MYRTLE BEACH, S.C. — A great white shark weighing over 1,400 pounds recently pinged offshore near Myrtle Beach, according to OCEARCH.
The shark, named Breton, is 13 feet long and pinged approximately 60 miles offshore, researchers said.
Breton has been swimming in Florida for the past two months and spotting him there is something they’re calling an anomaly, according to their tracking data.
“Breton is somewhat of an anomaly. While the rest of our actively pinging white sharks are off the Northeast United States or Atlantic Canada, Breton remains in the warm waters off the Southeast U.S.,” according to OCEARCH. “This is the latest we’ve seen one of our white sharks stay this far south in the western North Atlantic. Typically, we notice our white sharks start their migration north from mid-May to June.”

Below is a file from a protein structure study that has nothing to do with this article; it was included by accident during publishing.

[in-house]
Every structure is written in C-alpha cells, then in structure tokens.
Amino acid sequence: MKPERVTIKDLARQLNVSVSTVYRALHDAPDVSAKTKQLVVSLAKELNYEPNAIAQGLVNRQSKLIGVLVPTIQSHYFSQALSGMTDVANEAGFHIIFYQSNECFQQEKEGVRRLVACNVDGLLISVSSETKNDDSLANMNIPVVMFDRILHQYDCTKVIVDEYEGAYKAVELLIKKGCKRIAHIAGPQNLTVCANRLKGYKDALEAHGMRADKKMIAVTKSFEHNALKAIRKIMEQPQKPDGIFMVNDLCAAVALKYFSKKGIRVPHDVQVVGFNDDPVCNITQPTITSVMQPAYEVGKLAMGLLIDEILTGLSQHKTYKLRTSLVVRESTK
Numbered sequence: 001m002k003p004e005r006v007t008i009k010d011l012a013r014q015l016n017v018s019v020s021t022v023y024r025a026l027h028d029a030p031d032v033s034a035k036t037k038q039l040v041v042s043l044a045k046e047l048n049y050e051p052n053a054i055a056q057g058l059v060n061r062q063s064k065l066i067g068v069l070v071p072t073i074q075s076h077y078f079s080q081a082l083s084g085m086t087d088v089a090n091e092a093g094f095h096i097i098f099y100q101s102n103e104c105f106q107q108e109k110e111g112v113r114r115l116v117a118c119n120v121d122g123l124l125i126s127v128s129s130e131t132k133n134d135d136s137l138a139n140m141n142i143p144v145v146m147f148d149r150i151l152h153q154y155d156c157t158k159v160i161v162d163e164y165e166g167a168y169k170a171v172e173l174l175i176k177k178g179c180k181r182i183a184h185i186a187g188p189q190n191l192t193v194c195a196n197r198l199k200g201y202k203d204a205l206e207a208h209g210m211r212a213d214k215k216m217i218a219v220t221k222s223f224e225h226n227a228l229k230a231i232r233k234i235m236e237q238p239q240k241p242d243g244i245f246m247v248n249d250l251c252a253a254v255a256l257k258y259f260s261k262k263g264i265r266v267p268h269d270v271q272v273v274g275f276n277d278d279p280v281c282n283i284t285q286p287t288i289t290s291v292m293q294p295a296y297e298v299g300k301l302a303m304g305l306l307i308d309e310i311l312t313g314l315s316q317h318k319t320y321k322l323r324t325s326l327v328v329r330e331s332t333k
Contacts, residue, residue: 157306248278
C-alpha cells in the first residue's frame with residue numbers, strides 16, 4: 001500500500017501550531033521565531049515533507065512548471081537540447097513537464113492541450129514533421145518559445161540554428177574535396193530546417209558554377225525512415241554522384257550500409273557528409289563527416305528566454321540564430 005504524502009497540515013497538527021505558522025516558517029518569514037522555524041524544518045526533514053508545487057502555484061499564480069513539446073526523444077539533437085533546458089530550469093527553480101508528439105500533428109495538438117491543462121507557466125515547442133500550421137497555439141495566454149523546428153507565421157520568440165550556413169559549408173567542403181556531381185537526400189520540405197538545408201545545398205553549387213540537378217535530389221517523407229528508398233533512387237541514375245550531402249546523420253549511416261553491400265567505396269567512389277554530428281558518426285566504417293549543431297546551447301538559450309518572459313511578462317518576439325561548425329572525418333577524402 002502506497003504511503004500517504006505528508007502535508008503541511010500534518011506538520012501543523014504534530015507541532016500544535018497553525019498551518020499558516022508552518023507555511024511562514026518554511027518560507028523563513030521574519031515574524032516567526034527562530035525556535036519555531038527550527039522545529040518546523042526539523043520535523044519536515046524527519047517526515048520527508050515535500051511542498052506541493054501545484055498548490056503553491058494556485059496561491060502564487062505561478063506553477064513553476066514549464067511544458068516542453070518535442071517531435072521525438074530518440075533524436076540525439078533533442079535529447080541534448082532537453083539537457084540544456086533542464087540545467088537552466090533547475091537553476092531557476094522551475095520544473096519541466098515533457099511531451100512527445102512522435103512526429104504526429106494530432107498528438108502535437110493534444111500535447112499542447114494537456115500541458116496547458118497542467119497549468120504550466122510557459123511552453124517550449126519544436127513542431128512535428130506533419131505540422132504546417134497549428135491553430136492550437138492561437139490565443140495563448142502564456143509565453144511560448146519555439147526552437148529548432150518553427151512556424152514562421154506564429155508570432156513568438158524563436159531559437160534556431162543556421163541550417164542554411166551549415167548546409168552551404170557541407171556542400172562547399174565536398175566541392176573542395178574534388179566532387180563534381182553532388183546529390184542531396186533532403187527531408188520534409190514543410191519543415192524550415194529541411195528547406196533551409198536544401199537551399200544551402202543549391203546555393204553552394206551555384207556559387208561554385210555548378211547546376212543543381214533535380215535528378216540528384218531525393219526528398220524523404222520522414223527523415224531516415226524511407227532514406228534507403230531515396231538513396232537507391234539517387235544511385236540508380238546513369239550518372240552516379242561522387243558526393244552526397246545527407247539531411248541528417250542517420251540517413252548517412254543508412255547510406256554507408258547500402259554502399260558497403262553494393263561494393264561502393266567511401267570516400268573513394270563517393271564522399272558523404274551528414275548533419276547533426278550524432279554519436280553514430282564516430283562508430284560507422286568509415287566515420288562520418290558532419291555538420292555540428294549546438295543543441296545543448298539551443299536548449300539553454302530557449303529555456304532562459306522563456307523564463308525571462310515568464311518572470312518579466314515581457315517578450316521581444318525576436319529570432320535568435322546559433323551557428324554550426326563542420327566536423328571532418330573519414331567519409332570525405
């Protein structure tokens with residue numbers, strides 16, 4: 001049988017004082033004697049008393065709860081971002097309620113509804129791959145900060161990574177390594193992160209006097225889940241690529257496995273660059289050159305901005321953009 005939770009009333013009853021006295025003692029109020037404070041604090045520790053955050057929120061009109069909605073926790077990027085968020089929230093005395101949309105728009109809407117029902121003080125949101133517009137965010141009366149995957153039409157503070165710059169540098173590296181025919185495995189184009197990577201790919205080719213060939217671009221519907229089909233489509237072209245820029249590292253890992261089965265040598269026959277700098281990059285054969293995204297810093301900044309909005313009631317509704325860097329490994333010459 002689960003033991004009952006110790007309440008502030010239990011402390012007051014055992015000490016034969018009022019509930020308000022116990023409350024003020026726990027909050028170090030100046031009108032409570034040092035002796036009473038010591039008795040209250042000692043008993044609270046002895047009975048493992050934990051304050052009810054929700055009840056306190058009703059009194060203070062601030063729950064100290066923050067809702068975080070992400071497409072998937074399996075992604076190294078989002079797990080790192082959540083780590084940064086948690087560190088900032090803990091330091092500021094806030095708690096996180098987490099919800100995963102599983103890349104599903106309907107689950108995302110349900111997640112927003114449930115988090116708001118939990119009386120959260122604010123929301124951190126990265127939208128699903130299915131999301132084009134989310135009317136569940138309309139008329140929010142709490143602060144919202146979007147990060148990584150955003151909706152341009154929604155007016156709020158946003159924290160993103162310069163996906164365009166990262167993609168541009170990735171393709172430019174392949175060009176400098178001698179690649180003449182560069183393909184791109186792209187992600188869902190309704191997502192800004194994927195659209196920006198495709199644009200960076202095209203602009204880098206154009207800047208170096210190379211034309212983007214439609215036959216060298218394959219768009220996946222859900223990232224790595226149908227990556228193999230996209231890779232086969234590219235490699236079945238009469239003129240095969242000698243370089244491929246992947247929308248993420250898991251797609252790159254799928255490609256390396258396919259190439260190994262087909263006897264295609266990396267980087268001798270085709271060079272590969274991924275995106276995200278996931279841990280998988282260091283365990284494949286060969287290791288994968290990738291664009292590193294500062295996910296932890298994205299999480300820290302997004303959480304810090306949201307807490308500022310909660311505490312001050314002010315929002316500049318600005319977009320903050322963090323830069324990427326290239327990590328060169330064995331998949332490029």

Researchers said this is the latest they’ve seen a white shark stay in this region; as they typically start migrating north between May and June.
Coastal Carolina University shark biologist Dan Abel agrees that it’s strange but not unheard of.
“They go where there’s food. They go where they may mate; which may be an area we’re ignorant of. They go where they may have their babies, and again, this is another area we’re not certain of; and those are sort of the reasons they migrate. To eat, mate and to have babies,” he explained.
Abel said great whites have a unique ability to adapt to warmer water environments.
(Watch the video below: 13-foot Great White shark pings off Myrtle Beach coast)
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